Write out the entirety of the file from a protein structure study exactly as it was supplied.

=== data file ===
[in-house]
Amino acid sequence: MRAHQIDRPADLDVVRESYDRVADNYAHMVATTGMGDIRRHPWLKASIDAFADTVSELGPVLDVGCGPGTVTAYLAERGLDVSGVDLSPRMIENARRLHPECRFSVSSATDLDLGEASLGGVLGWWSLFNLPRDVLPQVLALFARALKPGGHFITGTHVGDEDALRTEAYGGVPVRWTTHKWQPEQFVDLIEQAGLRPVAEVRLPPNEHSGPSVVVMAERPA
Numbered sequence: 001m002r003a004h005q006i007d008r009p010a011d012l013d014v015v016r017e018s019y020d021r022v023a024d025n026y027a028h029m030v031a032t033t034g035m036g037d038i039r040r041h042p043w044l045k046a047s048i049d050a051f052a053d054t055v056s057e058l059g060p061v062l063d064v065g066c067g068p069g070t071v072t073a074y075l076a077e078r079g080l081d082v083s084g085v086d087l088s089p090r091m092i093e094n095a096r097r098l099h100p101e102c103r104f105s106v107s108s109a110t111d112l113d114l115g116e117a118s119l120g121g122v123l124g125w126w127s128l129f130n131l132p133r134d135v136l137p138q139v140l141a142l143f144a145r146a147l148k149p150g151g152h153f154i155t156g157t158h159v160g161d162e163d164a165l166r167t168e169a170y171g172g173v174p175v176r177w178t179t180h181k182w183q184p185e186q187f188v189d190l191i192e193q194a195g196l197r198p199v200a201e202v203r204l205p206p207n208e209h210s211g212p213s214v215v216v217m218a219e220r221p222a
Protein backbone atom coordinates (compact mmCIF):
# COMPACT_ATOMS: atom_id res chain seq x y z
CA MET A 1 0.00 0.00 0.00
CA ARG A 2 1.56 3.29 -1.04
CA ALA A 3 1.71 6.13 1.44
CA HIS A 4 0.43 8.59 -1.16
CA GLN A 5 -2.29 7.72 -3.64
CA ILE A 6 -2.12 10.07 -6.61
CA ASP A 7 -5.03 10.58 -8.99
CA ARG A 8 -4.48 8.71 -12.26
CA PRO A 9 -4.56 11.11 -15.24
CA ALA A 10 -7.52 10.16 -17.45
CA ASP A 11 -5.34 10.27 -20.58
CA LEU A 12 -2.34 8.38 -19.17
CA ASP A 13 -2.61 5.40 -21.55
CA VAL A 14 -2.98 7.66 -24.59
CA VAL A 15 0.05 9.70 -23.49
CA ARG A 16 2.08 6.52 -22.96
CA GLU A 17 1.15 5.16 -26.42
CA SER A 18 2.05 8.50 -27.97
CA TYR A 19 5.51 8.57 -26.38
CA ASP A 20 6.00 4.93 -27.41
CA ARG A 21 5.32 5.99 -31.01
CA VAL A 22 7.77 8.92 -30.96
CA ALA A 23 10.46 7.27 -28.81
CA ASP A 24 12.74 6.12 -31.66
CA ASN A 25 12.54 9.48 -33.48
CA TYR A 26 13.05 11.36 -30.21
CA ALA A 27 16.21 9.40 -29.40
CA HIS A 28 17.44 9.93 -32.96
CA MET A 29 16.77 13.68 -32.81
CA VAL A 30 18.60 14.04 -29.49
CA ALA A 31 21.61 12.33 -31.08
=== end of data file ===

[in-house]
Amino acid sequence: MRAHQIDRPADLDVVRESYDRVADNYAHMVATTGMGDIRRHPWLKASIDAFADTVSELGPVLDVGCGPGTVTAYLAERGLDVSGVDLSPRMIENARRLHPECRFSVSSATDLDLGEASLGGVLGWWSLFNLPRDVLPQVLALFARALKPGGHFITGTHVGDEDALRTEAYGGVPVRWTTHKWQPEQFVDLIEQAGLRPVAEVRLPPNEHSGPSVVVMAERPA
Numbered sequence: 001m002r003a004h005q006i007d008r009p010a011d012l013d014v015v016r017e018s019y020d021r022v023a024d025n026y027a028h029m030v031a032t033t034g035m036g037d038i039r040r041h042p043w044l045k046a047s048i049d050a051f052a053d054t055v056s057e058l059g060p061v062l063d064v065g066c067g068p069g070t071v072t073a074y075l076a077e078r079g080l081d082v083s084g085v086d087l088s089p090r091m092i093e094n095a096r097r098l099h100p101e102c103r104f105s106v107s108s109a110t111d112l113d114l115g116e117a118s119l120g121g122v123l124g125w126w127s128l129f130n131l132p133r134d135v136l137p138q139v140l141a142l143f144a145r146a147l148k149p150g151g152h153f154i155t156g157t158h159v160g161d162e163d164a165l166r167t168e169a170y171g172g173v174p175v176r177w178t179t180h181k182w183q184p185e186q187f188v189d190l191i192e193q194a195g196l197r198p199v200a201e202v203r204l205p206p207n208e209h210s211g212p213s214v215v216v217m218a219e220r221p222a
Protein backbone atom coordinates (compact mmCIF):
# COMPACT_ATOMS: atom_id res chain seq x y z
CA MET A 1 0.00 0.00 0.00
CA ARG A 2 1.56 3.29 -1.04
CA ALA A 3 1.71 6.13 1.44
CA HIS A 4 0.43 8.59 -1.16
CA GLN A 5 -2.29 7.72 -3.64
CA ILE A 6 -2.12 10.07 -6.61
CA ASP A 7 -5.03 10.58 -8.99
CA ARG A 8 -4.48 8.71 -12.26
CA PRO A 9 -4.56 11.11 -15.24
CA ALA A 10 -7.52 10.16 -17.45
CA ASP A 11 -5.34 10.27 -20.58
CA LEU A 12 -2.34 8.38 -19.17
CA ASP A 13 -2.61 5.40 -21.55
CA VAL A 14 -2.98 7.66 -24.59
CA VAL A 15 0.05 9.70 -23.49
CA ARG A 16 2.08 6.52 -22.96
CA GLU A 17 1.15 5.16 -26.42
CA SER A 18 2.05 8.50 -27.97
CA TYR A 19 5.51 8.57 -26.38
CA ASP A 20 6.00 4.93 -27.41
CA ARG A 21 5.32 5.99 -31.01
CA VAL A 22 7.77 8.92 -30.96
CA ALA A 23 10.46 7.27 -28.81
CA ASP A 24 12.74 6.12 -31.66
CA ASN A 25 12.54 9.48 -33.48
CA TYR A 26 13.05 11.36 -30.21
CA ALA A 27 16.21 9.40 -29.40
CA HIS A 28 17.44 9.93 -32.96
CA MET A 29 16.77 13.68 -32.81
CA VAL A 30 18.60 14.04 -29.49
CA ALA A 31 21.61 12.33 -31.08